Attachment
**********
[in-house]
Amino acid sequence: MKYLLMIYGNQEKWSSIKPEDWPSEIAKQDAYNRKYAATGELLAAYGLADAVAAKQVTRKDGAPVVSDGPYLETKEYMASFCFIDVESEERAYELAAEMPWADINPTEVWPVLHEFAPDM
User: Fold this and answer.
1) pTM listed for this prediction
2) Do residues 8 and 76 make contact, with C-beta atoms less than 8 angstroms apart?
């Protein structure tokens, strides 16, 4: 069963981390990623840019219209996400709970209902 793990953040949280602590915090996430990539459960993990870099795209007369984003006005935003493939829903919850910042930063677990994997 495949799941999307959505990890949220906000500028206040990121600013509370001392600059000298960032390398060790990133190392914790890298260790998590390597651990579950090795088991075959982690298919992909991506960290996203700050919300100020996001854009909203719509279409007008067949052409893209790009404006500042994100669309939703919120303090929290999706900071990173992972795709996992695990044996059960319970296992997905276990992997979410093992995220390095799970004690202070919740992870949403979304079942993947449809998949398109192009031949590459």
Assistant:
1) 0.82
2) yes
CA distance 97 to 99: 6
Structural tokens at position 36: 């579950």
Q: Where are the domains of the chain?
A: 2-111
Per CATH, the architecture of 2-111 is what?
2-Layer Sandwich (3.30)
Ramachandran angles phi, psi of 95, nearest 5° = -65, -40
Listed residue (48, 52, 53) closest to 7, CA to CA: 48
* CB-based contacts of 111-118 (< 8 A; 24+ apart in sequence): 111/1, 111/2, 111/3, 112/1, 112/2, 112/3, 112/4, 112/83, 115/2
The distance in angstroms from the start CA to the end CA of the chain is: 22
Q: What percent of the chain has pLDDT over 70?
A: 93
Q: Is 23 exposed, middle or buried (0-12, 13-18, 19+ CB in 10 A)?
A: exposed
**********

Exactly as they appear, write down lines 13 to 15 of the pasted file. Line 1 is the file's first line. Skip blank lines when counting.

A: 2-111
Per CATH, the architecture of 2-111 is what?
2-Layer Sandwich (3.30)